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Parish of Cove history

The Parish of Cove and South Hawley

For hundreds of years Cove was a small community in the great heath land of the Surrey-Berkshire-Hampshire borders. The manor of Cove existed by the time of the Norman Conquest and its name is recorded unchanged in the written records from the Doomsday Book to the present day. But apart from the written record Cove has left little mark on history except as one of the sites for the production of border ware pottery, produced on the Surrey-Hampshire border and found widely across south-east England and even in the early American settlements. The area was off the beaten track and it was not until 1840 that a main transport route came near when the railway from London to Southampton was driven through the settlement, dividing the tithing of Cove into two roughly equal areas.

Through the previous centuries the religious needs of the scattered inhabitants of Cove and Hawley had been met by the church at Yateley but in 1841 a committee was established to raise the money to fund a new church building and the services of a permanent clergyman church for the tithing of Cove and the southern part of the tithing of Hawley. There were delays and difficulties but these were overcome and the church of St John's was dedicated in 1844 to serve the ecclesiastical district (later parish) of Cove and South Hawley with Revd J Laurell as the first minister.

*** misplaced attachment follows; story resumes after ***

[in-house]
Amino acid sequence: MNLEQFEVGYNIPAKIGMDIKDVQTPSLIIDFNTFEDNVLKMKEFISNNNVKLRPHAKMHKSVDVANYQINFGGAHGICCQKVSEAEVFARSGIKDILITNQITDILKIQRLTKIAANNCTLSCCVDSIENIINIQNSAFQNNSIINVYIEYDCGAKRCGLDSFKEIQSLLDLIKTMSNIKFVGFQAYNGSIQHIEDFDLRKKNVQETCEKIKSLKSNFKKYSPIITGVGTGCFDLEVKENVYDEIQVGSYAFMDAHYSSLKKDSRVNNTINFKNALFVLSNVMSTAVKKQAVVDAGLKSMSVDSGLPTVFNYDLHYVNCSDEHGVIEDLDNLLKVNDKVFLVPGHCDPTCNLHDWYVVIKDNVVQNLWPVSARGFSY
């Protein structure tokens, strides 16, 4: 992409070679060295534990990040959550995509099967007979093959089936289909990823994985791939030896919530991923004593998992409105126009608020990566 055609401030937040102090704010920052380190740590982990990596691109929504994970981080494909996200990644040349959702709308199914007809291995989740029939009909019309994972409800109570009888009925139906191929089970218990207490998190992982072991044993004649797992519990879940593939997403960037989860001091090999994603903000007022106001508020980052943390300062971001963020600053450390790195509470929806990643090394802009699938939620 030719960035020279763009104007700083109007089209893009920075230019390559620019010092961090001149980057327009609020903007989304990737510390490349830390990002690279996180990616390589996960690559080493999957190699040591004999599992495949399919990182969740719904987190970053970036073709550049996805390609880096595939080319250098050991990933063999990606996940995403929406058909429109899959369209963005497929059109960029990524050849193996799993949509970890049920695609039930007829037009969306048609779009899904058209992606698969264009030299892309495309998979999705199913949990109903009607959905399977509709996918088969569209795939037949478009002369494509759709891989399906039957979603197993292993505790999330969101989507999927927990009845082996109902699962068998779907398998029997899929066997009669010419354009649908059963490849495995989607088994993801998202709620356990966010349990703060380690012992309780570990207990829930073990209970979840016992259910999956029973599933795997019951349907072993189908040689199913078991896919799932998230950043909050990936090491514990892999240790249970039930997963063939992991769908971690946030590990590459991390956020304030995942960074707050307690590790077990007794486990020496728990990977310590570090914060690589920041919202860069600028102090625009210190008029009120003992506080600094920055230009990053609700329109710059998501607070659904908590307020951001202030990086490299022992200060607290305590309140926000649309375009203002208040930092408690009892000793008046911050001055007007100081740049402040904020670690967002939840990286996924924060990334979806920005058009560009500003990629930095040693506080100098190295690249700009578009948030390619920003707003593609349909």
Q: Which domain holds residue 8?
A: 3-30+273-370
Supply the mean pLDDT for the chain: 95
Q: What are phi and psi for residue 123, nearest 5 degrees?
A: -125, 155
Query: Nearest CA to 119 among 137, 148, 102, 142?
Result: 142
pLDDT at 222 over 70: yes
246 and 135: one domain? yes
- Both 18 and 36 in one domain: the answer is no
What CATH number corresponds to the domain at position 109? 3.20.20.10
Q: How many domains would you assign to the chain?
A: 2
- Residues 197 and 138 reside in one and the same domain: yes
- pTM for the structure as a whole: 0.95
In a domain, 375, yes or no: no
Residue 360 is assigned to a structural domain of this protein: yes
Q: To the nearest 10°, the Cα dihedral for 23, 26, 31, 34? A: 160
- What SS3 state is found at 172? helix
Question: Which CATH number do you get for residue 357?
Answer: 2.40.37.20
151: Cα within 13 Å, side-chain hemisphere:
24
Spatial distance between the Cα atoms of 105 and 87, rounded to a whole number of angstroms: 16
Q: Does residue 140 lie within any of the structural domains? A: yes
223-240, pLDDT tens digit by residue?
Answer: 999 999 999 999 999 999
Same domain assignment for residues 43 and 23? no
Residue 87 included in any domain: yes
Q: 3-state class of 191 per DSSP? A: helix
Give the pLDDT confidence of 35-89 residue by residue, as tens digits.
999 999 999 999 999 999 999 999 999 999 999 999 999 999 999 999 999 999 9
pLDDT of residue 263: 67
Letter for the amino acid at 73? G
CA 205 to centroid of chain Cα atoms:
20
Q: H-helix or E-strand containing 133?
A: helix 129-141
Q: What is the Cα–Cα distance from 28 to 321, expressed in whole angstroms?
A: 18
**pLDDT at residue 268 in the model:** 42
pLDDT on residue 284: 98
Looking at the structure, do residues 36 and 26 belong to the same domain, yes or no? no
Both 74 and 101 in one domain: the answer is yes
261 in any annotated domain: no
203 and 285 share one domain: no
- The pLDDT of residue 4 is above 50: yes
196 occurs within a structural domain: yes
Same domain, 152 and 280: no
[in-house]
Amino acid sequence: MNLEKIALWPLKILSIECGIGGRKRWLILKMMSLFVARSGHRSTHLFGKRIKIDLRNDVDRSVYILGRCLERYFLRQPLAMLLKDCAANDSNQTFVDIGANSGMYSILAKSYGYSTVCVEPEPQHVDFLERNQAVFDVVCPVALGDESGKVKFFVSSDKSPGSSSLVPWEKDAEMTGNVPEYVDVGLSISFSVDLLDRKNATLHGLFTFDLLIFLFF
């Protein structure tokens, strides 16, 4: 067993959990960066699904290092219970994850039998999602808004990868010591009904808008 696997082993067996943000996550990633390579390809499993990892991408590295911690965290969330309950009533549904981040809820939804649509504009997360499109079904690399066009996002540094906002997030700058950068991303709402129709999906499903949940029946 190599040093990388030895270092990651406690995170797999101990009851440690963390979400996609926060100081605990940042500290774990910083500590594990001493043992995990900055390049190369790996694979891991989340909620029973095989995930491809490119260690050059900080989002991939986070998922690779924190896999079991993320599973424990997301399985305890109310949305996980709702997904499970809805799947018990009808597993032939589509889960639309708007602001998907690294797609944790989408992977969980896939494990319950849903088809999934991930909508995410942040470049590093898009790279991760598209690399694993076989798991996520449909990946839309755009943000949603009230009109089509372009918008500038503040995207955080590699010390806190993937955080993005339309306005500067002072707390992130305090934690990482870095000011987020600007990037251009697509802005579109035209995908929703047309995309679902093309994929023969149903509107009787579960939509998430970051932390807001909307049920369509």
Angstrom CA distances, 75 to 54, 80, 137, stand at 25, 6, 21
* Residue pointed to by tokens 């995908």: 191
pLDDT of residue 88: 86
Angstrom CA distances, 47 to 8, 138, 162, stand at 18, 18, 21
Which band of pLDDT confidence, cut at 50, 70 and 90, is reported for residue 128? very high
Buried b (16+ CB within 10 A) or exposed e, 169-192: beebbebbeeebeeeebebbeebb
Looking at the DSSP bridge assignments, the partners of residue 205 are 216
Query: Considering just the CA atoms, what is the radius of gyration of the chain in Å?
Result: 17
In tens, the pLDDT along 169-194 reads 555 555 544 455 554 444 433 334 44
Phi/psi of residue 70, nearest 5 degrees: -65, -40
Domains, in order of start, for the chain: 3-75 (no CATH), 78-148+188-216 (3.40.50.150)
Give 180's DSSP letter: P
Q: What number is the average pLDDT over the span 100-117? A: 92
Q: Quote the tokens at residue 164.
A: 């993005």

Ten years later, in 1854, the Government purchased several thousand acres of land centred on the hamlet of Aldershot to establish the first permanent army training area and camp and this marked the beginning of the end of the isolation of Cove. Now the population began to increase quite rapidly with most of the development being in the area we now often refer to as Cove village, well away from St John's. With the coming of war in 1914 the government purchased more land to the north of Cove Common and in 1917 the Rafborough estate was built to house workers at the rapidly expanding Royal Aircraft Factory. It was now clear that a new church was required in this part of Cove and St Christopher's was established in a temporary building and dedicated in June 1918, the present permanent building being completed in 1937.

Beginning in the late 1950's a succession of new estates was built on the land north of the railway and today virtually the whole of the parish is given over to housing apart from playing fields, a golf course and the airfield. This further huge population increase led to a review of the parish organisation in 1979 and a decision was made to create a team ministry. The Revd Tony Ashdown became the first team rector in 1980 and he was joined subsequently by two team vicars. In 1994 a third worship centre was established in Southwood giving the parish structure that we have today.